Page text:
The aggregate climate change in distinct regions during the late twenty-first century (2076–95). The regions are classified by the magnitude of their mean standard Euclidean distance (SEDsum). Hot spots of aggregate climate change are assumed if the global mean is exceeded by at least 25%. An intermediate hot spot is determined if SEDsum is higher than the global mean but does not exceed 25%. Non-hot-spot regions have an SEDsum not exceeding the global mean.

Figure 10 shows the annual mean relative differences in aggregate climate change between the GSM and the REF simulations. Table 2 includes additionally the absolute SEDsum for the REF simulation and the relative differences, if a GSM (weak or strong) is assumed. Differences were calculated for individual hot-spot regions and the class mean response (and deviation) in three hot-spot classes (hot spot, intermediate hot spot, and non–hot spot) for the three climate change periods. Tables S1 and S2 summarize the responses to a GHG-induced warming (REF) and a potential GSM mitigation of all seven climate indicators during the GSM core period (2046–65) in the NH winter and summer seasons. In these seasons both the anthropogenic and GSM-induced signals are strongest and dominate the local SEDsums. During the transition period to GSM conditions (2016–35), the global aggregate climate change is only slightly dampened by −1.56% under the influence of a weak GSM (Fig. 10a). The class spread within each of the individual hot-spot classes exceeds the individual mean response, indicating that no robust mitigation signals are found (Table 2). In contrast, the early stage signal of the sGSM simulation shows a 6-times-stronger (−9.63%) dampening on global average (Fig. 10d) and a (significant) mean response in the identified climate hot spots of almost −16% (Table 2). During the GSM core period, the main features of GSM-induced anomalies in aggregate climate change seem to be robust, independent of the magnitude of the assumed GSM scenario; however, the mitigating effects of a strong GSM are markedly more intense. In the period 2046–65, global average SEDsum is reduced by about 10% under wGSM and more than 22% under sGSM conditions compared to the REF simulation (Figs. 10b,e). The equatorial/southern Africa hot spot shows the strongest mitigation effect in both GSM scenarios compared to the REF simulation. Under the influence of a weak GSM, the overall aggregate climate change in this region would be reduced by 14%, while in the case of a strong GSM it would be less by about one-third (31%). Hence, the implications of a strong GSM would be to transfer equatorial/southern Africa from one of the most severe climate change hot spots to an intermediate hot spot (according to the definition of this study) around midcentury, assuming the applied forcing and response of our model are realistic.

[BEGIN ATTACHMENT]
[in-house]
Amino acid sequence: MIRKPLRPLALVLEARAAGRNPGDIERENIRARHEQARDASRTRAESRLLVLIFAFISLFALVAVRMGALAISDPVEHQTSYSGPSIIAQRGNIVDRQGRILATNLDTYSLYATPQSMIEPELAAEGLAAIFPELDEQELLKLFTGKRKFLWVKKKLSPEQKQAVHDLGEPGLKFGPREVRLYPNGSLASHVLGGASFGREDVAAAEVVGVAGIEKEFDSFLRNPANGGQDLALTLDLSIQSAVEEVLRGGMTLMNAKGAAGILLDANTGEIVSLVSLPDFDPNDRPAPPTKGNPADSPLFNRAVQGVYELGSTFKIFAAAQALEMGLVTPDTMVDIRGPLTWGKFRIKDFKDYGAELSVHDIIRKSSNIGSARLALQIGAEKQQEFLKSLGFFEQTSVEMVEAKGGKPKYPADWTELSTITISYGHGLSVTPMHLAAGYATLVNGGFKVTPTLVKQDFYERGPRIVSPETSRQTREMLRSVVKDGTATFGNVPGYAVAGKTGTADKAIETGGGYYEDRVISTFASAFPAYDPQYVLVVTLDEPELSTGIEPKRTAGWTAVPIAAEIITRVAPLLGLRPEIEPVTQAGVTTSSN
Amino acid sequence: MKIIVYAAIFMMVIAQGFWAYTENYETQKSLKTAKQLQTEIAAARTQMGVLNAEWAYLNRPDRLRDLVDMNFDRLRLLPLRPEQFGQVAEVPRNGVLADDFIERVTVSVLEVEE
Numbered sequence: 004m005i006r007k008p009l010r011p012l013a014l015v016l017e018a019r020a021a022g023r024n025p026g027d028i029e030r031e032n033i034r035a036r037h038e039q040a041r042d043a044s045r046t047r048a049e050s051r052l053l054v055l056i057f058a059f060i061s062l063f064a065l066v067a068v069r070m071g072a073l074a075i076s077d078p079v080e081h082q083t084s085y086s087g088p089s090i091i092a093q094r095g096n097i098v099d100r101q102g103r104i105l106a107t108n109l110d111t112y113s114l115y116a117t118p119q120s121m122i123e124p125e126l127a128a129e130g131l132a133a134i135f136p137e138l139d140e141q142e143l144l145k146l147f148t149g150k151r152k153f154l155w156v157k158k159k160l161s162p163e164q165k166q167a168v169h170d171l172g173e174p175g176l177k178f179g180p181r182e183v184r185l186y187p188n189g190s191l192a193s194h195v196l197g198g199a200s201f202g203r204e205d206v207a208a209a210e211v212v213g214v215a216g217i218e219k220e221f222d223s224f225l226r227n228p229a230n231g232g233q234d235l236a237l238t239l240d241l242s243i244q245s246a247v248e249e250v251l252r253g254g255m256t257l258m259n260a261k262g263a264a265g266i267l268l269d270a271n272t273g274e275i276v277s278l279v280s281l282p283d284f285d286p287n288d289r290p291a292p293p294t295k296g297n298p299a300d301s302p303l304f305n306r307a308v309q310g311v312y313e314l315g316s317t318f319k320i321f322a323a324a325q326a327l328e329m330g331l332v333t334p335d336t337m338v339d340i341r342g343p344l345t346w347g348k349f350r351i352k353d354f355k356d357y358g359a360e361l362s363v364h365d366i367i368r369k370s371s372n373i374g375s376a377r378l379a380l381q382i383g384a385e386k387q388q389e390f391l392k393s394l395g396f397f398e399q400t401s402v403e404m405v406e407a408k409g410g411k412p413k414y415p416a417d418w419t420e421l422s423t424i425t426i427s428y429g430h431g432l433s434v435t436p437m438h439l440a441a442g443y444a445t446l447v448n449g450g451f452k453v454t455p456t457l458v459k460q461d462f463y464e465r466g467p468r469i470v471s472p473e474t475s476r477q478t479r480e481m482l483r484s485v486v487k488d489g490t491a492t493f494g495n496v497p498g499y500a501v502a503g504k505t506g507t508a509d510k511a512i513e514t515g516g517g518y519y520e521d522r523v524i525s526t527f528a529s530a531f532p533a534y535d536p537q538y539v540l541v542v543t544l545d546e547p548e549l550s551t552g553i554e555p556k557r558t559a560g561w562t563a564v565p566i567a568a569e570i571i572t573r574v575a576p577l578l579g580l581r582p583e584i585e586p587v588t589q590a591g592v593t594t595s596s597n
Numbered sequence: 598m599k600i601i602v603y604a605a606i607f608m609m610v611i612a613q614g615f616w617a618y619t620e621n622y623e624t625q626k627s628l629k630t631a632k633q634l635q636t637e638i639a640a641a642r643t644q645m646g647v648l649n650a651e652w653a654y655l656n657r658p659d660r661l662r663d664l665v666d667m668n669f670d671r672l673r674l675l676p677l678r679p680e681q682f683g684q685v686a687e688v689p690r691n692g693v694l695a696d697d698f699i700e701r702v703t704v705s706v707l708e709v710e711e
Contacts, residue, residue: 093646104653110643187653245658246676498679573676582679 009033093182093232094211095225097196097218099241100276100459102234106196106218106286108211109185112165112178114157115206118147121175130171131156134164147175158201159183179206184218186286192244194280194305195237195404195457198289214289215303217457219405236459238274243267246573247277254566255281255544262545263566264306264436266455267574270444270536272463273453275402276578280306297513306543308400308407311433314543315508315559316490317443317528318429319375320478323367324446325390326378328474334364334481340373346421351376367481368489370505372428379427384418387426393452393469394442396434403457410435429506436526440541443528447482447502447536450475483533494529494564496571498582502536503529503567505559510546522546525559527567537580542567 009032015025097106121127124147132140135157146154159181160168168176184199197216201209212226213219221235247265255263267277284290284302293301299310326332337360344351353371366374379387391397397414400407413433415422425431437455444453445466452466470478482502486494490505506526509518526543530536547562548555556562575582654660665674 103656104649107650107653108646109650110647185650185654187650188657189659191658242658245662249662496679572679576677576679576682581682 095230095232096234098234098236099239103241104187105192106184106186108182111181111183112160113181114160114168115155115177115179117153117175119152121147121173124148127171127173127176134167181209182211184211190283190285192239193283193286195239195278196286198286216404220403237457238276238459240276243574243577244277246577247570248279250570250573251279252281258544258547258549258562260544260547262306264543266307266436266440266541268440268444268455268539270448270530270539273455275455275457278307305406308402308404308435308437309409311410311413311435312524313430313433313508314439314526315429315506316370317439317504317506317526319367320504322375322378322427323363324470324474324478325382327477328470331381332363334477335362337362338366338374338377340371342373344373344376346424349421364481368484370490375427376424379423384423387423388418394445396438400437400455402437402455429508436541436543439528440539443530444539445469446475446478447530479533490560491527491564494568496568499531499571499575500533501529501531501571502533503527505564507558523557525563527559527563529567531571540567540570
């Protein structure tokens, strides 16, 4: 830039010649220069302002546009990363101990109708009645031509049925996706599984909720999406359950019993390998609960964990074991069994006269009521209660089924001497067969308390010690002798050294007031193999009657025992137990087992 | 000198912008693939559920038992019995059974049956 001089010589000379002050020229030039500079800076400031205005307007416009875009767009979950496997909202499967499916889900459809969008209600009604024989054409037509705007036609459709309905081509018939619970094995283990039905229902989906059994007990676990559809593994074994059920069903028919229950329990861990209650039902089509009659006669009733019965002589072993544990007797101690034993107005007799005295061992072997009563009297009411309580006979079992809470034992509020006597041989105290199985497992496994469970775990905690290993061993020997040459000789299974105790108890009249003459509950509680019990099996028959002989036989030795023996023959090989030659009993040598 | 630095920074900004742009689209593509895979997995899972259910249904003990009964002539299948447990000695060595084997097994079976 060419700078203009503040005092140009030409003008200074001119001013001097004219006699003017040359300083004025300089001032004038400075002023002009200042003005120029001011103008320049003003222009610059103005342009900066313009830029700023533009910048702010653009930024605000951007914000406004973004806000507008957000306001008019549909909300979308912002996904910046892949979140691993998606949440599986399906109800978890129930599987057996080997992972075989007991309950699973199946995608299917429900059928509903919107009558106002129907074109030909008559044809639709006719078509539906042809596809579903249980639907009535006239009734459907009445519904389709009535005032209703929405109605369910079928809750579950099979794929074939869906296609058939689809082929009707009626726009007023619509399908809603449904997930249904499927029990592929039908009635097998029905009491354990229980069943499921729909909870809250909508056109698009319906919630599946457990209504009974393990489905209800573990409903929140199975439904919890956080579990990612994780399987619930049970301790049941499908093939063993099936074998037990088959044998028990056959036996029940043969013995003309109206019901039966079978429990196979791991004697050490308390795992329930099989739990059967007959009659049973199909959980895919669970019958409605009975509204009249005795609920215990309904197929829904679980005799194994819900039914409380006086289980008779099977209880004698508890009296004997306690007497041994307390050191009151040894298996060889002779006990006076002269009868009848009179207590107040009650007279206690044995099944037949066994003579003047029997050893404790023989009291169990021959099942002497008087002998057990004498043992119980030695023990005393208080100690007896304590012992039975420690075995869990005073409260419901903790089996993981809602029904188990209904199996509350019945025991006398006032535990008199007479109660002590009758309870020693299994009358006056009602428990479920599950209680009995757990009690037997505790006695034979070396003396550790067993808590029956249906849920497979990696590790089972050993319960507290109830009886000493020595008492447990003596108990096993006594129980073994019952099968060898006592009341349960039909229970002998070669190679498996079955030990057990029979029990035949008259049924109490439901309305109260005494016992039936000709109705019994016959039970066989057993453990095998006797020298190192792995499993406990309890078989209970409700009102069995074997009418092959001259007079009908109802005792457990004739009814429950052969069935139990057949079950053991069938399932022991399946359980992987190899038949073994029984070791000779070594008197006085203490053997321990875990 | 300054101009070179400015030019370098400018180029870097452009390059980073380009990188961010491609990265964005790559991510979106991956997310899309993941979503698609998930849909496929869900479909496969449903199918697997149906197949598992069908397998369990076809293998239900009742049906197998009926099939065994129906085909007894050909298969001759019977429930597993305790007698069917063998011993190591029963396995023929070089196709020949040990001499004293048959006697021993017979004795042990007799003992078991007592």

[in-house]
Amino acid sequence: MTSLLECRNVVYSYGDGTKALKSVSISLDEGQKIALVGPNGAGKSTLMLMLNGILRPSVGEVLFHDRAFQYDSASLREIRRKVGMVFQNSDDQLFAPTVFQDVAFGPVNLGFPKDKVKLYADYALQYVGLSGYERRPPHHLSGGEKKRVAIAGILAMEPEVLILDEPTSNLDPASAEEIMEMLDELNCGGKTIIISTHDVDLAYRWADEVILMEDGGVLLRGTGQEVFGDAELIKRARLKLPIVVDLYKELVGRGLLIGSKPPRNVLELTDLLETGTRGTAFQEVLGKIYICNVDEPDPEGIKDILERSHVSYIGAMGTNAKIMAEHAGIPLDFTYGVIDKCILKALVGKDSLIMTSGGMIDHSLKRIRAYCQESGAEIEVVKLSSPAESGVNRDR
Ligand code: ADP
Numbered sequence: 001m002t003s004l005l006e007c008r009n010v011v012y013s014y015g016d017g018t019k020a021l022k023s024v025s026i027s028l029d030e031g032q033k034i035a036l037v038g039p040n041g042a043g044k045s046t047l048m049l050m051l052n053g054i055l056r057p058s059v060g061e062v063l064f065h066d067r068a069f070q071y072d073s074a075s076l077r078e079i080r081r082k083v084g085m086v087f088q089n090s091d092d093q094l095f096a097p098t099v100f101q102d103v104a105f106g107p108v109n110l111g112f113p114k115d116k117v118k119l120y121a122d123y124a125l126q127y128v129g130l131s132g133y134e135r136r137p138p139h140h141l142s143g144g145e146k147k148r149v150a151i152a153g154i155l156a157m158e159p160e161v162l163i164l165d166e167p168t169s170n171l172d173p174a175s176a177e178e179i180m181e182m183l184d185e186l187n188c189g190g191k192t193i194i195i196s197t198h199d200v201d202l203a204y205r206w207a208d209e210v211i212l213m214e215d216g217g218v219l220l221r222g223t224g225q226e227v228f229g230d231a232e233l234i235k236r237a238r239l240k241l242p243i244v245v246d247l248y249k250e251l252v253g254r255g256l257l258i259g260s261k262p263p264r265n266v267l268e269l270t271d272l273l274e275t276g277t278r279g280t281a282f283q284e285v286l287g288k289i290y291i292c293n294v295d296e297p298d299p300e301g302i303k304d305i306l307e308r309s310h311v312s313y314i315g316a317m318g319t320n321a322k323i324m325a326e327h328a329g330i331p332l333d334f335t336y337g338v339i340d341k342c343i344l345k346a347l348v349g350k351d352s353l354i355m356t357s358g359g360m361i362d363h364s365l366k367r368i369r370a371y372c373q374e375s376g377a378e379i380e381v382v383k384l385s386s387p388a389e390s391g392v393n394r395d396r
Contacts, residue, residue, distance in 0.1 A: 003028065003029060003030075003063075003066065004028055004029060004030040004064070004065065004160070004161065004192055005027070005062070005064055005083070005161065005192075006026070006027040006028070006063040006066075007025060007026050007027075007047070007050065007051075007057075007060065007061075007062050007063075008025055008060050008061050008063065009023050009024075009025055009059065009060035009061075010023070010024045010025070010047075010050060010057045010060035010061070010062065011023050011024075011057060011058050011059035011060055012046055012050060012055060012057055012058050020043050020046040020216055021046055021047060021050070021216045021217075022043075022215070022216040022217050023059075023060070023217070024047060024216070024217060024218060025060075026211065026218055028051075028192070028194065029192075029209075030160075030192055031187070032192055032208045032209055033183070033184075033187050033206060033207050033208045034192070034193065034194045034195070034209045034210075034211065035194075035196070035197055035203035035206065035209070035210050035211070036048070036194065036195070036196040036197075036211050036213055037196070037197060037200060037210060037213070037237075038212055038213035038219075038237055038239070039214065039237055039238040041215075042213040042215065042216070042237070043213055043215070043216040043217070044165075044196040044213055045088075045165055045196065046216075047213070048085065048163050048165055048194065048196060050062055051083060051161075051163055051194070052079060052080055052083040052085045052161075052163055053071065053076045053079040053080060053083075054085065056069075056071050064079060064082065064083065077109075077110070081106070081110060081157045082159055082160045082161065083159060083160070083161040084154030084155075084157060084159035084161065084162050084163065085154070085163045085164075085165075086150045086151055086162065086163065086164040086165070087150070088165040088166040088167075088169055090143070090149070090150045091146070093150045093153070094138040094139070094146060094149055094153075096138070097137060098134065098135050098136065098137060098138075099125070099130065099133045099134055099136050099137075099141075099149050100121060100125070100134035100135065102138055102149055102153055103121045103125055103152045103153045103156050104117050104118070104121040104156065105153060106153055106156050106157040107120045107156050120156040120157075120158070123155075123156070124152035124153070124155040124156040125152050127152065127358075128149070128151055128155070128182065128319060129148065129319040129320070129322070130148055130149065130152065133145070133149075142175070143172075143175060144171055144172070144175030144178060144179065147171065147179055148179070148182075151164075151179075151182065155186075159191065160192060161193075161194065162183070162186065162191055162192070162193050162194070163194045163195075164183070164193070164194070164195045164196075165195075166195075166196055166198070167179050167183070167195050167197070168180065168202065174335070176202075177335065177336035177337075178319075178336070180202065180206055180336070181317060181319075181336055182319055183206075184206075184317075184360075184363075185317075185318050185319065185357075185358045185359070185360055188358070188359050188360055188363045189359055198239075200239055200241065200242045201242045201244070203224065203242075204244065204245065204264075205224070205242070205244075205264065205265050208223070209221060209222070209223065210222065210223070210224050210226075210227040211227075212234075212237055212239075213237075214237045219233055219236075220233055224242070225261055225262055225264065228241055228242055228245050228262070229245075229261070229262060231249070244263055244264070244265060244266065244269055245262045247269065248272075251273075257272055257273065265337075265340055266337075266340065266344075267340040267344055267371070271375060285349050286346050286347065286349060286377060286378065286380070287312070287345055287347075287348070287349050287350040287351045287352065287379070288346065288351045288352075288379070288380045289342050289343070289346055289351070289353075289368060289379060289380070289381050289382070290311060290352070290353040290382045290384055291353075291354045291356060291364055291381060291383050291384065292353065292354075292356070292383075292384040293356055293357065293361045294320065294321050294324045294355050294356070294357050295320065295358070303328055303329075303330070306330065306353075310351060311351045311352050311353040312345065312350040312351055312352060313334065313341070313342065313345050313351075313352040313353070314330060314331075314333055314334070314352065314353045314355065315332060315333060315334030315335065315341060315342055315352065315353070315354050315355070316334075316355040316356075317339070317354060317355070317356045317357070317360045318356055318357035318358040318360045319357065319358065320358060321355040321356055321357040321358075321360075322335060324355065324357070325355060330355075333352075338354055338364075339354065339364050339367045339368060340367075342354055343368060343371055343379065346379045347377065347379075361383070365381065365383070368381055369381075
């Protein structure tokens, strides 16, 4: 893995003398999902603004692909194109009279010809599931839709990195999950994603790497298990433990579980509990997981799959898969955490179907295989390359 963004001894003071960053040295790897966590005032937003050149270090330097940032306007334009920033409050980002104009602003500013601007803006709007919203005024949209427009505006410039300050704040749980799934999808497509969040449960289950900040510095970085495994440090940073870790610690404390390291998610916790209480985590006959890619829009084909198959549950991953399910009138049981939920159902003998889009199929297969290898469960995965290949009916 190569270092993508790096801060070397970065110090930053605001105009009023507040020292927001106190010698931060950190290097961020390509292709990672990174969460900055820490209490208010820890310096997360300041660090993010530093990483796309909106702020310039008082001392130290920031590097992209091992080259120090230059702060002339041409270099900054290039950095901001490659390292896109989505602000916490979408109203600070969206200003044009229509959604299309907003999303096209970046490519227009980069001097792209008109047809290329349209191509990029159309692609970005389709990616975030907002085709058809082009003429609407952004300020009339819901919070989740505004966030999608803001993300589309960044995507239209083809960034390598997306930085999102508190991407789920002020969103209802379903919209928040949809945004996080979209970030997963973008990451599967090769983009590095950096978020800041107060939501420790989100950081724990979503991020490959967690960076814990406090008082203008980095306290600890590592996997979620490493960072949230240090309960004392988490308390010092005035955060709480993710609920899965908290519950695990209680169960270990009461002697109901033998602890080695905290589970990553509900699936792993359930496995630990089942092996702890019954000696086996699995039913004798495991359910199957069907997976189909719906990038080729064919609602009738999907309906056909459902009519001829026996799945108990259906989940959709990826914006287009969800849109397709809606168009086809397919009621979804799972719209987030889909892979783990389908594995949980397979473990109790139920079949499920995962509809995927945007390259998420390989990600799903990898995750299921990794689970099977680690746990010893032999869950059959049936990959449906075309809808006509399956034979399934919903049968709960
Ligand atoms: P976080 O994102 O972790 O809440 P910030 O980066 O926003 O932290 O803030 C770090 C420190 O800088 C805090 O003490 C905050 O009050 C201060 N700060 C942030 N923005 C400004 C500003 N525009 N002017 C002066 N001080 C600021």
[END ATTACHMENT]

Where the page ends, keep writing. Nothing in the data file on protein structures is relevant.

Fig. 10.

Relative difference (%) between the GSM simulations and the REF simulation in the SEDs relative to the baseline period for the climate change periods of (a),(d) 2016–35, (b),(e) 2046–65, and (c),(f) 2076–95 for (a)–(c) the weak GSM simulation and (d)–(f) the strong GSM simulation. The black number on the bottom-left side of each panel represents the global mean difference.